Hapless refugees -- the harsh realities

Shihab Sarkar   | Published: June 28, 2018 21:46:30 | Updated: June 29, 2018 21:37:58

A lot of people may have already been on the verge of becoming oblivious to Europe's migrant crisis of 2013-15. But although the intensity of the mass influxes into the continent has weakened considerably, it has not disappeared. The news of overturning of makeshift boats loaded with Europe-bound refugees and their rescues last week has reenacted a dreadful ghost. The June 23 boat-sinking off the Libyan coast took a heavy toll on the fresh wave of migrants. It left 11 dead. Nearly 1,000 people from the 'boat in distress' were rescued by Libyan coastguard patrol vessels.

 A troubling development seen in the recent desperate bids made by migrants to reach Europe is they include Bangladeshis. Along with the migrants from northern Africa, Syria and western Asia, Afghanistan in particular, significant numbers of Bangladeshis are making the perilous Europe-bound journeys across the Mediterranean. According to foreign media reports, on average 30-40 Bangladeshis illegally enter Libya daily to reach Italy across the Mediterranean. Bangladesh is now considered the single biggest country of origin of refugees on Italy-bound unseaworthy boats using a newly discovered route. Migrant observers now put Bangladesh alongside Nigeria.

As has been seen with many countries at the height of refugee influxes to Europe, Italy has declared its doors shut on the new migrant arrivals. In 2013-15, a couple of European countries had adopted a rigid stance on allowing the migrants in since the beginning. The position emerged as being in sharp contrast to Angela Merkel's Germany. It stretched out its arms to the people fleeing the alarming scale of violence and bloodshed in their countries. They came mostly from Syria, torn by civil wars, and the countries in northern Africa. A mixed style of greetings has been seen in the recent cases of rescuing refugees from overturned boats, and the hunt for new shelters for them. All these remind the Europeans and the agencies dealing with refugees that the migrant crisis still hovers above Europe. It has yet to be over completely. 

To make an appraisal, the scourge of forced displacement, commonly known as refugee crisis, remains integrally associated with the 21st century world -- like it did in the 20th century. It normally follows wars, conflicts, civil wars, and ethnic violence. In the post-World War-I period, other types of refugees entered the scenario. Those included mostly economic migrants, who fled to alien territories with their lands being overrun by invading forces. It assumed an alarming level in the post-World War-II times. Apart from the Jewish Diaspora from Hitler's Germany, prompted by a combination of xenophobic and economic reasons, dozens of such migrations continued to surface in the later decades -- most of which centring on a search for better life in the industrialised Europe and North America. To the foreboding of many, the economic migrants staged a vengeful comeback following the sparking off of civil wars and ethnic feuds first in sub-Saharan Africa and then in the countries spreading from Iraq, Syria to Afghanistan. Bangladesh was sucked into the vicious whirlpool owing to its pervasive poverty at the grassroots level. In the recent decades, climate refugees occupy a major place in the chart of global migrants.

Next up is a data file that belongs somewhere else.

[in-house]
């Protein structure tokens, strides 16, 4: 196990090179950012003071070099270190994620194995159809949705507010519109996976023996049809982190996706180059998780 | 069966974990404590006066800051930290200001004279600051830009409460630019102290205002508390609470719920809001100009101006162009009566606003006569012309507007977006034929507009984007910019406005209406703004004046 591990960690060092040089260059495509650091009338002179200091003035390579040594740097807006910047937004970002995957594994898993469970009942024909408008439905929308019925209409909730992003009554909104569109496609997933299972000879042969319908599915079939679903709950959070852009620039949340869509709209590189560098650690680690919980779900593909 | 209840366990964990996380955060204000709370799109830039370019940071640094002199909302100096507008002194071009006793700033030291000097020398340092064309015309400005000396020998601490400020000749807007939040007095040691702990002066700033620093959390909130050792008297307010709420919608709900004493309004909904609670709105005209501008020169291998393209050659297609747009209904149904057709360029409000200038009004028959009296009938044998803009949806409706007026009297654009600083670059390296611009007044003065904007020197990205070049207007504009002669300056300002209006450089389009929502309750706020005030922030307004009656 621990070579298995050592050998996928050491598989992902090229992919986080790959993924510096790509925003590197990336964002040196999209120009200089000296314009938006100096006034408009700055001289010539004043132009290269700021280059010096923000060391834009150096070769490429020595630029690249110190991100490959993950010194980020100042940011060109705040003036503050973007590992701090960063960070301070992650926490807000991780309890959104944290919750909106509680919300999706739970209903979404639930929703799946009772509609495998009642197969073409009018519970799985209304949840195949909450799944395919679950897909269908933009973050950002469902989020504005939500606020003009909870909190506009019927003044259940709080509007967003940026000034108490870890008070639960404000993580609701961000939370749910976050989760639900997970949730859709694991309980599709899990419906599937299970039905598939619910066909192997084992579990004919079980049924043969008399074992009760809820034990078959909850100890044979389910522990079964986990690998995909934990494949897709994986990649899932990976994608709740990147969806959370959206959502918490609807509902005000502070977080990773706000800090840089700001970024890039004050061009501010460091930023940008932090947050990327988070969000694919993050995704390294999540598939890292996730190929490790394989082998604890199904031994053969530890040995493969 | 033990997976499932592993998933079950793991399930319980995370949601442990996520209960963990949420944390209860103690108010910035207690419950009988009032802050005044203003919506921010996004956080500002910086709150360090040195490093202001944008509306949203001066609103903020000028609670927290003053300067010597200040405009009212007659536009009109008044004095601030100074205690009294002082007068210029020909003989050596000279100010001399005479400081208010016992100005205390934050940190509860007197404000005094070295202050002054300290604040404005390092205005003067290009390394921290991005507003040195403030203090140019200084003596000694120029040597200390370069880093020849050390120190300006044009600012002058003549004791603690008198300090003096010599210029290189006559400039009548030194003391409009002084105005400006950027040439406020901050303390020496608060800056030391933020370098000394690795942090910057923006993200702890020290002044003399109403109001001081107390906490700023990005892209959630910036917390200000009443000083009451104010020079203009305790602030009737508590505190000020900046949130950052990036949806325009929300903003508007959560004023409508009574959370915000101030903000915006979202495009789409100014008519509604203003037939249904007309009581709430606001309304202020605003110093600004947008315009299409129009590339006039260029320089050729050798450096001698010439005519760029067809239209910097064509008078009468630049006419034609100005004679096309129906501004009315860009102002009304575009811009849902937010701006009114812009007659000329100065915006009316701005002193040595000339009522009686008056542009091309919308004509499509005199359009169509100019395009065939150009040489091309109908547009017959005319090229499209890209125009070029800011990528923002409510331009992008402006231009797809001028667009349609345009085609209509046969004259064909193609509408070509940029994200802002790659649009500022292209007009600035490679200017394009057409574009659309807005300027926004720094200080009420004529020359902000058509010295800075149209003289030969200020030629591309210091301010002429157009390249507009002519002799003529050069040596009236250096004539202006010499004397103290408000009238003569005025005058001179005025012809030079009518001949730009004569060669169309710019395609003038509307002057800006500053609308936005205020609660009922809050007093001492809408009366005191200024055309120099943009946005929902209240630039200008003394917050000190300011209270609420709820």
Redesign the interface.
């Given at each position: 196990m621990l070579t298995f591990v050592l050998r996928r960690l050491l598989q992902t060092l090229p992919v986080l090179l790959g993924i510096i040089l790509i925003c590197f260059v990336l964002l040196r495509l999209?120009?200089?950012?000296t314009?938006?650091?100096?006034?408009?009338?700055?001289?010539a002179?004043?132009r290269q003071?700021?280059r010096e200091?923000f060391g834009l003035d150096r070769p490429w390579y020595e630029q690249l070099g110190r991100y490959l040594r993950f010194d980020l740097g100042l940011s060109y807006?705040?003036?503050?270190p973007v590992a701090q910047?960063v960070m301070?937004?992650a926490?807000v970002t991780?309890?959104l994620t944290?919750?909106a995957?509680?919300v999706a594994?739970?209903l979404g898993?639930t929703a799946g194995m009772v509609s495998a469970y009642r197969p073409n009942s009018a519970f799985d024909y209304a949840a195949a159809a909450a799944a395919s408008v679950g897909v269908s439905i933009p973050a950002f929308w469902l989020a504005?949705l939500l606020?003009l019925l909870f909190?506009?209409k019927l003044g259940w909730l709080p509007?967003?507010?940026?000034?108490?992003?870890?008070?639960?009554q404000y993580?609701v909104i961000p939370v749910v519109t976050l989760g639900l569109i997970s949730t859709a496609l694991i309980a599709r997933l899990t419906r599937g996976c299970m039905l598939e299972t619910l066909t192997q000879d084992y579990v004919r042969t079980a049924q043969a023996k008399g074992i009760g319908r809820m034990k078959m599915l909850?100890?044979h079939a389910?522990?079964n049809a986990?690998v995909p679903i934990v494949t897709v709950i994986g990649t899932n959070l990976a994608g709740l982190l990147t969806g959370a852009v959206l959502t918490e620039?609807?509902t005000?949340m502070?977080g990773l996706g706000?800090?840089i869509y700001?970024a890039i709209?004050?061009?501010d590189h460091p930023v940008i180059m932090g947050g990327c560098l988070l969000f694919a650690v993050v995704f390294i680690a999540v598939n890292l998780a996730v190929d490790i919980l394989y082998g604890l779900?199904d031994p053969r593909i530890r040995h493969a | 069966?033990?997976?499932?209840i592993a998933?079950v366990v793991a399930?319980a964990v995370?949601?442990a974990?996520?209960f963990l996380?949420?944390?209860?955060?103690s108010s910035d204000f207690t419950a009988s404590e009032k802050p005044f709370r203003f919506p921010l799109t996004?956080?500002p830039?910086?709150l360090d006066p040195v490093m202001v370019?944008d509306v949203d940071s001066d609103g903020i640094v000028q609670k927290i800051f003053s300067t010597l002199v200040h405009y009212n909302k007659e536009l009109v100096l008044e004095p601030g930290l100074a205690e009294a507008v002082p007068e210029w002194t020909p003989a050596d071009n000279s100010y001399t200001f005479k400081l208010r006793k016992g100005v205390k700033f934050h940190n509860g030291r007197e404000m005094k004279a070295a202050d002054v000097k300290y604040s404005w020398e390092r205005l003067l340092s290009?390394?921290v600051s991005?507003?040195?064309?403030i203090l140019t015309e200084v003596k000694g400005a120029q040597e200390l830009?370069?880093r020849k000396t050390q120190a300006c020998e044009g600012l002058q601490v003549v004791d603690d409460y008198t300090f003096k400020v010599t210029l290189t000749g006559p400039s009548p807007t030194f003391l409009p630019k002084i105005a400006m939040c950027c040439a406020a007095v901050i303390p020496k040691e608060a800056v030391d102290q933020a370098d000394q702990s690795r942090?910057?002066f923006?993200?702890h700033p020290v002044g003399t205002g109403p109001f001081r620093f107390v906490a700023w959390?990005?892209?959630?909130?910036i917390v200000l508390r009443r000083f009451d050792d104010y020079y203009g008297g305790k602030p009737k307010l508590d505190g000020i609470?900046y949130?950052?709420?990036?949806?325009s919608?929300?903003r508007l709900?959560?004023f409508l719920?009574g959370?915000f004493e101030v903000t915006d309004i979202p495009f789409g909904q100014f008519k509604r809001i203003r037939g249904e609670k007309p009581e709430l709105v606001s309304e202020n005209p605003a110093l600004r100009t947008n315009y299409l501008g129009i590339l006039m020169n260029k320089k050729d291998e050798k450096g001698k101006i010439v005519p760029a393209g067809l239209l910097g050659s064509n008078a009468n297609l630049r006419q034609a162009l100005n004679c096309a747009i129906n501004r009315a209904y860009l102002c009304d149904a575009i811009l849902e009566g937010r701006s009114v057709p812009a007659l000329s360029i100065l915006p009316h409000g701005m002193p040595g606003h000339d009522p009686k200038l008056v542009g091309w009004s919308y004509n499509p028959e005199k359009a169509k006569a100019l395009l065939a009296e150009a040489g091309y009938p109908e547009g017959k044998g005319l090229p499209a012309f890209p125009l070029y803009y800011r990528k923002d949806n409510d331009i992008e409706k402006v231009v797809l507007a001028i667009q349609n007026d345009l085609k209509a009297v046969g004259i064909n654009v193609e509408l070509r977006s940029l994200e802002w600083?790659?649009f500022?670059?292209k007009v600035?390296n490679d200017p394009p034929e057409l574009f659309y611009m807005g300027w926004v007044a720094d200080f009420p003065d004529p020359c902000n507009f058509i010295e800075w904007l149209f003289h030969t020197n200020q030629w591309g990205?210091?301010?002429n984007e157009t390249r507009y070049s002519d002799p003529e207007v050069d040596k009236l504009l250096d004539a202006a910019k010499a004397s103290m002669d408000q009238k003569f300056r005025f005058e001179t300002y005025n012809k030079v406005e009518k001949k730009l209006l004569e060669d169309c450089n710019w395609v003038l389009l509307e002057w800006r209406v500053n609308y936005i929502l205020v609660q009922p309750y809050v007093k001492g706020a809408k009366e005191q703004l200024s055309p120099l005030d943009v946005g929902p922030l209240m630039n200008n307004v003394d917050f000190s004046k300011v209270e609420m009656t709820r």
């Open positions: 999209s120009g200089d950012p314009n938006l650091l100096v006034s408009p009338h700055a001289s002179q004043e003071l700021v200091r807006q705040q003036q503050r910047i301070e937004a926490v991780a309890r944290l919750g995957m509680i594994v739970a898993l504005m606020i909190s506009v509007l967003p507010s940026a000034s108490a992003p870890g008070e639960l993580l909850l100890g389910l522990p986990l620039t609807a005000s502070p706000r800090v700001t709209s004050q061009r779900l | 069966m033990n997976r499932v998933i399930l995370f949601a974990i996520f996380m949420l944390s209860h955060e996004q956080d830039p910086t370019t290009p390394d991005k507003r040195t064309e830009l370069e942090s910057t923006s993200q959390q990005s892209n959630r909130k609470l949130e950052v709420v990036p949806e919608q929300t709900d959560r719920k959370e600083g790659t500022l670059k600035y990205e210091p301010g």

When it comes to Bangladesh, the country has experienced a massive refugee influx in 2017. The entry of Rohingyas into Bangladesh in a bid to escape ethnic persecution in Myanmar has taken a critical turn since that year. The refugees began entering Bangladesh illegally in the early 1990s. In 2017, their number stood at 6,55,000 as per an estimate of the UN Refugee Agency (UNHCR). However, their total number in the country, including those from the batches of earlier entrants, is estimated to be nearly 1.0 million. The Rohingyas sheltered in Cox's Bazar in the country's southeastern part are considered one of the major migrant communities in recent history. Like many other refugee groups in the world, they have been compelled to leave their country in the face of barbaric violence perpetrated by the mainstream ethnic groups. A similar episode in 1994 witnessed the exodus of Tutsis, a minority ethnic group, in Africa's Rwanda after a brutal genocide let loose on them by the majority Hutus. As a distinct ethno-religious group, the Rohingya Muslims have been a victim of discrimination and racial hostility in Myanmar for five decades. The hate campaign, chiefly launched and orchestrated by the Buddhist-majority groups with patronage from the military junta reached a violent form -- naked and atrocious, in 2017. With their hearth and home burnt down amid a ruthless orgy of killings and rapes in the Rakhine state, the Rohingyas began entering Bangladesh one more time, from August 25 last year. As the number of the refugees swelled, majority in the global community did not fail to condemn the Myanmar government. The UN swung into deterrent actions and firmly stood by the Rohingyas. UN Secretary General Antonio Guterres called the persecution of the minority group an 'ethnic cleansing'. The UNHCR could not be more apt as it called the Rohingyas the third largest refugee group in the world in 2017. According to the UN agency, the number of Rohingyas followed the over 10,00,000 refugees from South Sudan and 745,000 from Syria.